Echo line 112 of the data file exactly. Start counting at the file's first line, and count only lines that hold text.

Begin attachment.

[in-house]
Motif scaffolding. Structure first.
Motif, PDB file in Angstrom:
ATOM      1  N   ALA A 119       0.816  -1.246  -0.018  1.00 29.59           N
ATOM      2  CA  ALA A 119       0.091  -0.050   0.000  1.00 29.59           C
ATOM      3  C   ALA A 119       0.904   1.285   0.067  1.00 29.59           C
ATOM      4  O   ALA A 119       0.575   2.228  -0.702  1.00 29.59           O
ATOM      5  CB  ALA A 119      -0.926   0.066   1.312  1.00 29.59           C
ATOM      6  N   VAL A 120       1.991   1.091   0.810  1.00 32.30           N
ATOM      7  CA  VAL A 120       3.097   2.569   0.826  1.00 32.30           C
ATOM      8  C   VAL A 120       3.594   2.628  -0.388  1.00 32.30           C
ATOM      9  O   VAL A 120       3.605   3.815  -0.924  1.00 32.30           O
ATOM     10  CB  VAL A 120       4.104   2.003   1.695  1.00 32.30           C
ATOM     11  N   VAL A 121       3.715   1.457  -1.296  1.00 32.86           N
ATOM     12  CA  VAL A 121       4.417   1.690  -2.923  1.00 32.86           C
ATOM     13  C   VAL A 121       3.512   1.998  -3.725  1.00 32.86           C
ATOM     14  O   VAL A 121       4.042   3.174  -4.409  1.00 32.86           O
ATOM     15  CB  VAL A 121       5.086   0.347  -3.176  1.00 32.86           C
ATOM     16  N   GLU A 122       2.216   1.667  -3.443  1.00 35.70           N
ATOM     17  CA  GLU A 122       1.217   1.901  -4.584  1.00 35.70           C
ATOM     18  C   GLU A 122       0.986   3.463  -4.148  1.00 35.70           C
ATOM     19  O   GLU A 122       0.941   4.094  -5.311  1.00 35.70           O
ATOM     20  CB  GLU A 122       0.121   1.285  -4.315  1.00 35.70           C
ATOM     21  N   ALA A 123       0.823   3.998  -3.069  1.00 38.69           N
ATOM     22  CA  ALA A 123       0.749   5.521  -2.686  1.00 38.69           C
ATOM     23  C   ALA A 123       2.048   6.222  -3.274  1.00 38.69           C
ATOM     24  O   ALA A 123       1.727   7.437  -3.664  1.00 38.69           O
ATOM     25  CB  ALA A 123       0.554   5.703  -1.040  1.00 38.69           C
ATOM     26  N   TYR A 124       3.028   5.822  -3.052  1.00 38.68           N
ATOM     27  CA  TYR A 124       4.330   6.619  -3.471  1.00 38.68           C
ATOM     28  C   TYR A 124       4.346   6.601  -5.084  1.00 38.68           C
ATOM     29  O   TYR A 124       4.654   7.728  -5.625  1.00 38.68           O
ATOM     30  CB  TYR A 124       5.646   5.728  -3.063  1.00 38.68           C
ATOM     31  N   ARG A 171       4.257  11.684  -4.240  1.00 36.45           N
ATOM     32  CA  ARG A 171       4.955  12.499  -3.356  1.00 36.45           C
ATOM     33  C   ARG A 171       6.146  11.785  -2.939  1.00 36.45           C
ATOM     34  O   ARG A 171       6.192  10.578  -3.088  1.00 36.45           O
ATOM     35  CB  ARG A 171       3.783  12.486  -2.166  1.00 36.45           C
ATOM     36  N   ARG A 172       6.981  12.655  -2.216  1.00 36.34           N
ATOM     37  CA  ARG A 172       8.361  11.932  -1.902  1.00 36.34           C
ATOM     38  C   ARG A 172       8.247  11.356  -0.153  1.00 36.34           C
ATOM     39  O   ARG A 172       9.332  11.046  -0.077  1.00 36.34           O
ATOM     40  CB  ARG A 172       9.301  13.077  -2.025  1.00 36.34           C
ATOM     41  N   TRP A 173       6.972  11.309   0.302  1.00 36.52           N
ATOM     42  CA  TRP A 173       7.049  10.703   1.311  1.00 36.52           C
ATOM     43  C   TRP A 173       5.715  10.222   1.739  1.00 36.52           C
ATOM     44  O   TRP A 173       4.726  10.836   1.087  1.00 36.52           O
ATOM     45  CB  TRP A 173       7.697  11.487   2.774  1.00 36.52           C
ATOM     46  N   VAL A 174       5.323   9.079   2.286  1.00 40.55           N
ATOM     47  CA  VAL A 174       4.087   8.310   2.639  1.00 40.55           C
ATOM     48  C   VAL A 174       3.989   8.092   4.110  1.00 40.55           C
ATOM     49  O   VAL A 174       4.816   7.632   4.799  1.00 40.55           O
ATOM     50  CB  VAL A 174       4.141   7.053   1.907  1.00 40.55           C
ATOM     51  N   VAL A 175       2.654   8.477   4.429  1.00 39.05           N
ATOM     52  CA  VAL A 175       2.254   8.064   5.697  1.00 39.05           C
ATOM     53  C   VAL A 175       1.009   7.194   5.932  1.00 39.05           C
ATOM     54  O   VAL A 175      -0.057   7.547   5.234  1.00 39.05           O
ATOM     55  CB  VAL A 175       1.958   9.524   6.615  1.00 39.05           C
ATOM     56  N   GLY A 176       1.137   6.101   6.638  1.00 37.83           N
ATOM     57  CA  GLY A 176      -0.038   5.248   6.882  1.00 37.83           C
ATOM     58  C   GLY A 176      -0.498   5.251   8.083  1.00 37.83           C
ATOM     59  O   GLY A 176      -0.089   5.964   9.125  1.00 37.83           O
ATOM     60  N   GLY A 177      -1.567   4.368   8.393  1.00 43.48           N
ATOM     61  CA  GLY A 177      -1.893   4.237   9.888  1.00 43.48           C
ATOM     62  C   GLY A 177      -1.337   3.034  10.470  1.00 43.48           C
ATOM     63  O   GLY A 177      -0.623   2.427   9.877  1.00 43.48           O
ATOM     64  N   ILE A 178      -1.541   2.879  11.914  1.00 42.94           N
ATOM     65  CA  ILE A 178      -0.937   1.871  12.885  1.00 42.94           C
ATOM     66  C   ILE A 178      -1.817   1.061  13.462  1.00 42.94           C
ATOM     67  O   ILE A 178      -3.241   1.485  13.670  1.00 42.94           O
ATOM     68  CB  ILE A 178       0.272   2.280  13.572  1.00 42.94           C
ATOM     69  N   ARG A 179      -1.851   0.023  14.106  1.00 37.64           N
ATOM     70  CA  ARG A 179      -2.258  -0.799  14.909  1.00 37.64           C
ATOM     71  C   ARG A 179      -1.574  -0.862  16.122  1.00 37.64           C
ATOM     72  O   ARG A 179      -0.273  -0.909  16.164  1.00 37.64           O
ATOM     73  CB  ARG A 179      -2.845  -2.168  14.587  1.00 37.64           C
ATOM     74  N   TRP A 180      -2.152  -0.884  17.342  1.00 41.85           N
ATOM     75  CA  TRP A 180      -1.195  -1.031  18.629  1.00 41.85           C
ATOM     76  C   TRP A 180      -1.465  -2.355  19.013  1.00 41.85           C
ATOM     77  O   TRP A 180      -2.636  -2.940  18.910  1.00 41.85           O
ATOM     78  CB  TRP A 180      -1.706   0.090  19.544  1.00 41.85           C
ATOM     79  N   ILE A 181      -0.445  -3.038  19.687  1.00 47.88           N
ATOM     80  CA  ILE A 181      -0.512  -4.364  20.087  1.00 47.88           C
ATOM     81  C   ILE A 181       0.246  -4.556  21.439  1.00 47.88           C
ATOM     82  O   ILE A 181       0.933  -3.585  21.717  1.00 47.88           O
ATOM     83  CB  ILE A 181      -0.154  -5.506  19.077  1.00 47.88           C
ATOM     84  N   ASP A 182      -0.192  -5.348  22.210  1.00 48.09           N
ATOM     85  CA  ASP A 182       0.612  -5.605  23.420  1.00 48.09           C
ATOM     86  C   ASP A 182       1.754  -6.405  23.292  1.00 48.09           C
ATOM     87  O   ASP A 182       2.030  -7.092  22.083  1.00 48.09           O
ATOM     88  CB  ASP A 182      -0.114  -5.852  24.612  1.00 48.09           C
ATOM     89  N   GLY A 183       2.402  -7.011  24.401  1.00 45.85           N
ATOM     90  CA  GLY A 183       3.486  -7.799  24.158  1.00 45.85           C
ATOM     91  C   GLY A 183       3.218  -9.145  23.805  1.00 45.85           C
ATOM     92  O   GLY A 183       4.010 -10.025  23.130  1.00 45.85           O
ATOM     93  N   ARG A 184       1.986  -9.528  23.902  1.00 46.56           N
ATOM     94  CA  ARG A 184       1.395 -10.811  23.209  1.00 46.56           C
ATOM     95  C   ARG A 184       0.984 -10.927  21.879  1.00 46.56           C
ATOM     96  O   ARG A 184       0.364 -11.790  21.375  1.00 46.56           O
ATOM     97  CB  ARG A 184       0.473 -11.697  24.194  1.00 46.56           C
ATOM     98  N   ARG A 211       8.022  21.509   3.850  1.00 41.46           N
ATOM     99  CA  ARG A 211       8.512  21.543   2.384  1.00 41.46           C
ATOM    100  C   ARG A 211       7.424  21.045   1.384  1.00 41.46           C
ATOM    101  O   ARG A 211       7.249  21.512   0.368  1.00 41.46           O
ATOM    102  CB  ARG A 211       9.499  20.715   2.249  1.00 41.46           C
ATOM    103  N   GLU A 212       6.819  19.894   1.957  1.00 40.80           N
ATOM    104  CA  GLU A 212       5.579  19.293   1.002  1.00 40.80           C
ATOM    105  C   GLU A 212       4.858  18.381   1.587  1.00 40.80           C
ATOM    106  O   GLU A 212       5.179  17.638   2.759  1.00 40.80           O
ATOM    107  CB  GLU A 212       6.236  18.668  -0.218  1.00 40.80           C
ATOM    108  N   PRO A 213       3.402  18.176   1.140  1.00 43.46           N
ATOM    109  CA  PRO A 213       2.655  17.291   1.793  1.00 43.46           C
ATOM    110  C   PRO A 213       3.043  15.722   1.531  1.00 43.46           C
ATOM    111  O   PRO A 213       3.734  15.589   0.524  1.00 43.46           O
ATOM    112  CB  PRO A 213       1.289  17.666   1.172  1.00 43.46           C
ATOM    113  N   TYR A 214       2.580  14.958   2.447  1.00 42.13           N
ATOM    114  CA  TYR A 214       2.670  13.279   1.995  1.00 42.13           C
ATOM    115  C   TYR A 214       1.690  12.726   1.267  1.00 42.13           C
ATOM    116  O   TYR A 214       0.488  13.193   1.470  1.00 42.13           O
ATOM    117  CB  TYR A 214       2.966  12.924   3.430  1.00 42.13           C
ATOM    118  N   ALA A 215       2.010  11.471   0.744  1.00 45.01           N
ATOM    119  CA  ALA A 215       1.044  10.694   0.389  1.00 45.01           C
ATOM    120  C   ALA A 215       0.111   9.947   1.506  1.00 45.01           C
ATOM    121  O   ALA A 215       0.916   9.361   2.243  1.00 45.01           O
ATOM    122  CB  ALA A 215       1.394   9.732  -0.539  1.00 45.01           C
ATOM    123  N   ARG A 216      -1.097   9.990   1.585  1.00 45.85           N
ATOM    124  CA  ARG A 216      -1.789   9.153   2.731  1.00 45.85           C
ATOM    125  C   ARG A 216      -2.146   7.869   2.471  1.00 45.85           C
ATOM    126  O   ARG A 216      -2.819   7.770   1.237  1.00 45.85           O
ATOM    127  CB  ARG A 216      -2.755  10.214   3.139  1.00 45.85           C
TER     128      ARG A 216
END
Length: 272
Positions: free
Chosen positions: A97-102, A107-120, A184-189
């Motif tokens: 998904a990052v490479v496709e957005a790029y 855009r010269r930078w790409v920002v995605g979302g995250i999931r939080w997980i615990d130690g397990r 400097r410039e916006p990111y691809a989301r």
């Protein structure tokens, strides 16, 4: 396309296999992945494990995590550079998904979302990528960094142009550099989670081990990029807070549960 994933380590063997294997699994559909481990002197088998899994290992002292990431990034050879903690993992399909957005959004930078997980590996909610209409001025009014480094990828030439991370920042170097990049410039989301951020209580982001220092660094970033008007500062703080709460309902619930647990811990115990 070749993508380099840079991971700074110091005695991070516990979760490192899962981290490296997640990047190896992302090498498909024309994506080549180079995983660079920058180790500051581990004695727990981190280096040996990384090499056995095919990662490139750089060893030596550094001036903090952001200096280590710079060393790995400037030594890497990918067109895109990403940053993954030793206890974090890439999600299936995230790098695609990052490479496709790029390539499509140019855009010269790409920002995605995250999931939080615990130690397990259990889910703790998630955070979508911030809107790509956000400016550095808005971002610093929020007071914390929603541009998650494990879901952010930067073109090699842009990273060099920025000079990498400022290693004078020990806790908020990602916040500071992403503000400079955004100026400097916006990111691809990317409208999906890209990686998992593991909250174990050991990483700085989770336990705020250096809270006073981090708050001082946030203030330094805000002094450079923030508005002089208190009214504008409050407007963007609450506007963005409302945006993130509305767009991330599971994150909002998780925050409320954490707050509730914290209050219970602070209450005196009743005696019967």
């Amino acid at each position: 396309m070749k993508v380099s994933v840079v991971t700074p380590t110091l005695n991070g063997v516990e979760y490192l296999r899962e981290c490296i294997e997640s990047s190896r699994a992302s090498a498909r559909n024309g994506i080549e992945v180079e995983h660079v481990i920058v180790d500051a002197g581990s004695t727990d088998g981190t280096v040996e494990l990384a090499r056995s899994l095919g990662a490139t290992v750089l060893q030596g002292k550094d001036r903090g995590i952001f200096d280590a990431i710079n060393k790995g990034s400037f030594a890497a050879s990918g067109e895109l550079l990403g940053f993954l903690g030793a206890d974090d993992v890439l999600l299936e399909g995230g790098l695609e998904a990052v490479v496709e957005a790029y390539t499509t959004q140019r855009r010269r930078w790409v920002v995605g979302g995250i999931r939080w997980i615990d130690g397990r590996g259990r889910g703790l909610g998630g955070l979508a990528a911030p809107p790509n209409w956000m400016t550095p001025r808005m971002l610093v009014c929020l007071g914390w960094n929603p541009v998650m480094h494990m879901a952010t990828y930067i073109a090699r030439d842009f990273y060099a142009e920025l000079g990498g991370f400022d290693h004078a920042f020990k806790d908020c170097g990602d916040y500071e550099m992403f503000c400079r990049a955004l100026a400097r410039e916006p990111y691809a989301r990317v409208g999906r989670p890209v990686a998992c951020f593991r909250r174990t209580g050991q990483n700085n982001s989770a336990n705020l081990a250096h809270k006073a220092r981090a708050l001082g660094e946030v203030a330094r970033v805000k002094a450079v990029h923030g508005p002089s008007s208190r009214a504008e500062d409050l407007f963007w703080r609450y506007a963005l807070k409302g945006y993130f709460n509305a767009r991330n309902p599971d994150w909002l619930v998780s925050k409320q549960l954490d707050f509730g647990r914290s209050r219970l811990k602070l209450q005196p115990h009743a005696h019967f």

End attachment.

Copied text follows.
ATOM    109  CA  PRO A 213       2.655  17.291   1.793  1.00 43.46           C